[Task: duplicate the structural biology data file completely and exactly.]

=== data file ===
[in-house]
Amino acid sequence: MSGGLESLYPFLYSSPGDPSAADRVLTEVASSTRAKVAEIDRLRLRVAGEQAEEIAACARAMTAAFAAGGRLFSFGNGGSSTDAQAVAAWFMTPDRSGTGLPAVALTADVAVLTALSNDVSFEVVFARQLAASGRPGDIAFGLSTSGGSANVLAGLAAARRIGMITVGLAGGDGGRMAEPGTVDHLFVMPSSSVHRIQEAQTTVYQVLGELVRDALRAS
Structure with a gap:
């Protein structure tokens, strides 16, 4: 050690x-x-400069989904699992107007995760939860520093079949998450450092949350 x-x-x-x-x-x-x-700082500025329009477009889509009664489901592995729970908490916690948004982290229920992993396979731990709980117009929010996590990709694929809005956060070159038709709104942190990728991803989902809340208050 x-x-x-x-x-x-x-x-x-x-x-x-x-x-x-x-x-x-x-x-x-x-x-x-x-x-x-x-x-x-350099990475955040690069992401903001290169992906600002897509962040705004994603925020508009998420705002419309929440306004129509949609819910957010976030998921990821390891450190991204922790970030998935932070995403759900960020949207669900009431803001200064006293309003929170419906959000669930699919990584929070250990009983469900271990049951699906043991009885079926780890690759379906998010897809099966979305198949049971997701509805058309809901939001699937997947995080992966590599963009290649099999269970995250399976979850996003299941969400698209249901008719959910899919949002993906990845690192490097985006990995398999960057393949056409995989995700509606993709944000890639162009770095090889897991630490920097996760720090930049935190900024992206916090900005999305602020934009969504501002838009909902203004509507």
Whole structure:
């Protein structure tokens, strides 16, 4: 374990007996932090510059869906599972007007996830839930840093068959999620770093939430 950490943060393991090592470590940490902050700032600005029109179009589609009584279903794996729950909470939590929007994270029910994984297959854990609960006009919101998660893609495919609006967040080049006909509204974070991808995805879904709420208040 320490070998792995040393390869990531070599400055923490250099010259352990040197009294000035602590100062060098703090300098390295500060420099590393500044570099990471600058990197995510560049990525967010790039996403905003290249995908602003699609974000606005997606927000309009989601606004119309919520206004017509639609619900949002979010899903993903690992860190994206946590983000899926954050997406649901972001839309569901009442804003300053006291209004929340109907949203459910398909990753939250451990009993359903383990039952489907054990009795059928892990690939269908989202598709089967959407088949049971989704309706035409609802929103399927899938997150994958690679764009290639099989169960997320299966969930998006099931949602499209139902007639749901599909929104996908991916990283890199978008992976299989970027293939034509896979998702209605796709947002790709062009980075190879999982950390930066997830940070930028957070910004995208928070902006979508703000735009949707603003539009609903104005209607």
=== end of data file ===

[in-house]
Amino acid sequence: MSGGLESLYPFLYSSPGDPSAADRVLTEVASSTRAKVAEIDRLRLRVAGEQAEEIAACARAMTAAFAAGGRLFSFGNGGSSTDAQAVAAWFMTPDRSGTGLPAVALTADVAVLTALSNDVSFEVVFARQLAASGRPGDIAFGLSTSGGSANVLAGLAAARRIGMITVGLAGGDGGRMAEPGTVDHLFVMPSSSVHRIQEAQTTVYQVLGELVRDALRAS
Structure with a gap:
């Protein structure tokens, strides 16, 4: 050690x-x-400069989904699992107007995760939860520093079949998450450092949350 x-x-x-x-x-x-x-700082500025329009477009889509009664489901592995729970908490916690948004982290229920992993396979731990709980117009929010996590990709694929809005956060070159038709709104942190990728991803989902809340208050 x-x-x-x-x-x-x-x-x-x-x-x-x-x-x-x-x-x-x-x-x-x-x-x-x-x-x-x-x-x-350099990475955040690069992401903001290169992906600002897509962040705004994603925020508009998420705002419309929440306004129509949609819910957010976030998921990821390891450190991204922790970030998935932070995403759900960020949207669900009431803001200064006293309003929170419906959000669930699919990584929070250990009983469900271990049951699906043991009885079926780890690759379906998010897809099966979305198949049971997701509805058309809901939001699937997947995080992966590599963009290649099999269970995250399976979850996003299941969400698209249901008719959910899919949002993906990845690192490097985006990995398999960057393949056409995989995700509606993709944000890639162009770095090889897991630490920097996760720090930049935190900024992206916090900005999305602020934009969504501002838009909902203004509507």
Whole structure:
């Protein structure tokens, strides 16, 4: 374990007996932090510059869906599972007007996830839930840093068959999620770093939430 950490943060393991090592470590940490902050700032600005029109179009589609009584279903794996729950909470939590929007994270029910994984297959854990609960006009919101998660893609495919609006967040080049006909509204974070991808995805879904709420208040 320490070998792995040393390869990531070599400055923490250099010259352990040197009294000035602590100062060098703090300098390295500060420099590393500044570099990471600058990197995510560049990525967010790039996403905003290249995908602003699609974000606005997606927000309009989601606004119309919520206004017509639609619900949002979010899903993903690992860190994206946590983000899926954050997406649901972001839309569901009442804003300053006291209004929340109907949203459910398909990753939250451990009993359903383990039952489907054990009795059928892990690939269908989202598709089967959407088949049971989704309706035409609802929103399927899938997150994958690679764009290639099989169960997320299966969930998006099931949602499209139902007639749901599909929104996908991916990283890199978008992976299989970027293939034509896979998702209605796709947002790709062009980075190879999982950390930066997830940070930028957070910004995208928070902006979508703000735009949707603003539009609903104005209607």